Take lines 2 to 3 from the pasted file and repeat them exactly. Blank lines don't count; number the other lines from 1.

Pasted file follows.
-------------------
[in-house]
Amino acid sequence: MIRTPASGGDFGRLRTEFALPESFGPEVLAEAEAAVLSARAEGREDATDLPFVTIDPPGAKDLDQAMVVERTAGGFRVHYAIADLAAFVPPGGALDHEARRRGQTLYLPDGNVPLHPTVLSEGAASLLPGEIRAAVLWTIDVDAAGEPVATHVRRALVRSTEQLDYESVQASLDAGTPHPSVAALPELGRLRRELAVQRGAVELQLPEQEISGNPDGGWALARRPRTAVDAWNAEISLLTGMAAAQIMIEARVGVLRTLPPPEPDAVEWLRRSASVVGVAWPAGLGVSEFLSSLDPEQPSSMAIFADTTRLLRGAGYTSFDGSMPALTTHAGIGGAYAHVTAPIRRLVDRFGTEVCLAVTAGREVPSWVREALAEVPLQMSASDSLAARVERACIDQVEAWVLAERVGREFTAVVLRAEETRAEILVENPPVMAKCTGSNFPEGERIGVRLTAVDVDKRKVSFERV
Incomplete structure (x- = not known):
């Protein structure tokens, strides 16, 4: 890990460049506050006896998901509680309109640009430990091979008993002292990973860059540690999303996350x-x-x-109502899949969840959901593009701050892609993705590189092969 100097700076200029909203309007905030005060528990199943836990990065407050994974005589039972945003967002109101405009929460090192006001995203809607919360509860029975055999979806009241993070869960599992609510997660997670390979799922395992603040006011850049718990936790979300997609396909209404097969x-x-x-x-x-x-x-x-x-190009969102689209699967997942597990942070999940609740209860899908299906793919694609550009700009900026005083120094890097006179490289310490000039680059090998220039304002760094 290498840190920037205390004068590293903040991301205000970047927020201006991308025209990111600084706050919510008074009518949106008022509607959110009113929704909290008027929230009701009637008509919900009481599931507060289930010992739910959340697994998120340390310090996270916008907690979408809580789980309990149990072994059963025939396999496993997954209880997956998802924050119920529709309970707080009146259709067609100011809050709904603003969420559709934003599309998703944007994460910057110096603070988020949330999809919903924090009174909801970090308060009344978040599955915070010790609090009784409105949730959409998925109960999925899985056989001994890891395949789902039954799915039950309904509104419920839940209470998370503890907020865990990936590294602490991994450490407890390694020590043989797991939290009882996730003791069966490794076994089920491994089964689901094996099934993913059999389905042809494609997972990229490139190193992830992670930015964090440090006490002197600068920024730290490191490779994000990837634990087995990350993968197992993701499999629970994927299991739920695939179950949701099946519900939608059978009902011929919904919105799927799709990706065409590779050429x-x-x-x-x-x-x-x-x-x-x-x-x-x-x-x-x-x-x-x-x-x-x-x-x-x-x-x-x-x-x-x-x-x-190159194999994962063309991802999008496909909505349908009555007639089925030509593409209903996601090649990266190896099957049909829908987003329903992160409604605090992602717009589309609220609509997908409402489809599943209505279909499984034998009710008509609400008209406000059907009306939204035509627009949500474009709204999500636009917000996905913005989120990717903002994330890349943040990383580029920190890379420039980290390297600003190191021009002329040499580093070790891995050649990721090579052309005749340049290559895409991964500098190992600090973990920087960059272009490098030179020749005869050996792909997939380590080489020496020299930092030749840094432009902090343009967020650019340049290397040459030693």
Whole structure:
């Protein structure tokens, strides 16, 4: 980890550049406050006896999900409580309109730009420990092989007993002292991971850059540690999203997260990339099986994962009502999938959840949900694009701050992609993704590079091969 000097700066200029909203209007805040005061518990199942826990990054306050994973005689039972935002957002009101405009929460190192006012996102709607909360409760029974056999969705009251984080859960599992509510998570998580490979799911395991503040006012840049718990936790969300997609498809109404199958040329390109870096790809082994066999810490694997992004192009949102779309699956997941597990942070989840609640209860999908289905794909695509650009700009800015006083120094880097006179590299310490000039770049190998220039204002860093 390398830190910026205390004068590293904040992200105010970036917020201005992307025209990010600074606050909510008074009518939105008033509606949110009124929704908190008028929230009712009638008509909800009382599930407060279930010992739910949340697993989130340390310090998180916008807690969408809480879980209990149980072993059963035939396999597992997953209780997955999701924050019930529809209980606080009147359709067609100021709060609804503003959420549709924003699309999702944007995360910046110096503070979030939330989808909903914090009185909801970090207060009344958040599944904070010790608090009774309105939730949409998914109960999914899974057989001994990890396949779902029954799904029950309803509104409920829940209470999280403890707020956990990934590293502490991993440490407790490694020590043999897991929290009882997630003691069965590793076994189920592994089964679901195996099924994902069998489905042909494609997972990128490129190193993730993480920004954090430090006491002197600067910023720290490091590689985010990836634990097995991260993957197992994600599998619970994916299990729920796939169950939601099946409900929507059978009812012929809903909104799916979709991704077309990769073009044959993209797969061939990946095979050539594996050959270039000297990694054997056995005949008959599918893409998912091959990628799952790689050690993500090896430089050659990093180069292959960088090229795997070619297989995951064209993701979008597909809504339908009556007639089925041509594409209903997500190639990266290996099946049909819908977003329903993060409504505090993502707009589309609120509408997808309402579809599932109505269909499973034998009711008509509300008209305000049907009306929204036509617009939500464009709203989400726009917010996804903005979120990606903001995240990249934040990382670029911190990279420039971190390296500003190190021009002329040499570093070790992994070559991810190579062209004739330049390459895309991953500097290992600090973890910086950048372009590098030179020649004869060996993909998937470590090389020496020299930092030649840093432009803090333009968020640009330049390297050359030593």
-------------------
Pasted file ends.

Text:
Amino acid sequence: MIRTPASGGDFGRLRTEFALPESFGPEVLAEAEAAVLSARAEGREDATDLPFVTIDPPGAKDLDQAMVVERTAGGFRVHYAIADLAAFVPPGGALDHEARRRGQTLYLPDGNVPLHPTVLSEGAASLLPGEIRAAVLWTIDVDAAGEPVATHVRRALVRSTEQLDYESVQASLDAGTPHPSVAALPELGRLRRELAVQRGAVELQLPEQEISGNPDGGWALARRPRTAVDAWNAEISLLTGMAAAQIMIEARVGVLRTLPPPEPDAVEWLRRSASVVGVAWPAGLGVSEFLSSLDPEQPSSMAIFADTTRLLRGAGYTSFDGSMPALTTHAGIGGAYAHVTAPIRRLVDRFGTEVCLAVTAGREVPSWVREALAEVPLQMSASDSLAARVERACIDQVEAWVLAERVGREFTAVVLRAEETRAEILVENPPVMAKCTGSNFPEGERIGVRLTAVDVDKRKVSFERV
Incomplete structure (x- = not known):